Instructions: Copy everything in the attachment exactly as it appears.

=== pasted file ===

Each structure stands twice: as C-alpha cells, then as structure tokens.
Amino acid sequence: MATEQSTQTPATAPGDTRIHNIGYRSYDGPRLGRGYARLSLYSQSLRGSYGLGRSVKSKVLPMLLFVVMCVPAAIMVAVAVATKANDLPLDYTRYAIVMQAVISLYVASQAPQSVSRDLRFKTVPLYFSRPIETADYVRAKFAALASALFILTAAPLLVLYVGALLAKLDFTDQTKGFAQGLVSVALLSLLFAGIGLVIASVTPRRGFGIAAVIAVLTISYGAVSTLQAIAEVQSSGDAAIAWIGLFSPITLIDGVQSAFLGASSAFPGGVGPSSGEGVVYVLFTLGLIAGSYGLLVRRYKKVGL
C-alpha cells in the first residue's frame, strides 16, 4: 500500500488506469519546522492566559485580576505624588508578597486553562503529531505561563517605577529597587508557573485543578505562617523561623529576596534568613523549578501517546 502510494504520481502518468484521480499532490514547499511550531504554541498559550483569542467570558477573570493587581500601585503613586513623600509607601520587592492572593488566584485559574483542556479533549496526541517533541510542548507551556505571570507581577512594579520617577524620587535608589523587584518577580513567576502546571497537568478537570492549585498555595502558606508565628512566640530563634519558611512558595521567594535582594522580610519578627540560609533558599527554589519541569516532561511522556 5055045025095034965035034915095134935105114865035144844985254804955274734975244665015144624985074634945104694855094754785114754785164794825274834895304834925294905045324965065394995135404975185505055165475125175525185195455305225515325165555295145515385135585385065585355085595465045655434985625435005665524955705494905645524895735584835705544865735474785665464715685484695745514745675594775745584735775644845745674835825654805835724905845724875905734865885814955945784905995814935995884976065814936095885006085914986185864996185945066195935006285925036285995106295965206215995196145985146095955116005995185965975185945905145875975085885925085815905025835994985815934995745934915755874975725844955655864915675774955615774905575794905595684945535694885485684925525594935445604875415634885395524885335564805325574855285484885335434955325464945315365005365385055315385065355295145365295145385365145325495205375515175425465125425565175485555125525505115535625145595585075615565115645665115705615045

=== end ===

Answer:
Each structure stands twice: as C-alpha cells, then as structure tokens.
Amino acid sequence: MATEQSTQTPATAPGDTRIHNIGYRSYDGPRLGRGYARLSLYSQSLRGSYGLGRSVKSKVLPMLLFVVMCVPAAIMVAVAVATKANDLPLDYTRYAIVMQAVISLYVASQAPQSVSRDLRFKTVPLYFSRPIETADYVRAKFAALASALFILTAAPLLVLYVGALLAKLDFTDQTKGFAQGLVSVALLSLLFAGIGLVIASVTPRRGFGIAAVIAVLTISYGAVSTLQAIAEVQSSGDAAIAWIGLFSPITLIDGVQSAFLGASSAFPGGVGPSSGEGVVYVLFTLGLIAGSYGLLVRRYKKVGL
C-alpha cells in the first residue's frame, strides 16, 4: 500500500488506469519546522492566559485580576505624588508578597486553562503529531505561563517605577529597587508557573485543578505562617523561623529576596534568613523549578501517546 502510494504520481502518468484521480499532490514547499511550531504554541498559550483569542467570558477573570493587581500601585503613586513623600509607601520587592492572593488566584485559574483542556479533549496526541517533541510542548507551556505571570507581577512594579520617577524620587535608589523587584518577580513567576502546571497537568478537570492549585498555595502558606508565628512566640530563634519558611512558595521567594535582594522580610519578627540560609533558599527554589519541569516532561511522556 5055045025095034965035034915095134935105114865035144844985254804955274734975244665015144624985074634945104694855094754785114754785164794825274834895304834925294905045324965065394995135404975185505055165475125175525185195455305225515325165555295145515385135585385065585355085595465045655434985625435005665524955705494905645524895735584835705544865735474785665464715685484695745514745675594775745584735775644845745674835825654805835724905845724875905734865885814955945784905995814935995884976065814936095885006085914986185864996185945066195935006285925036285995106295965206215995196145985146095955116005995185965975185945905145875975085885925085815905025835994985815934995745934915755874975725844955655864915675774955615774905575794905595684945535694885485684925525594935445604875415634885395524885335564805325574855285484885335434955325464945315365005365385055315385065355295145365295145385365145325495205375515175425465125425565175485555125525505115535625145595585075615565115645665115705615045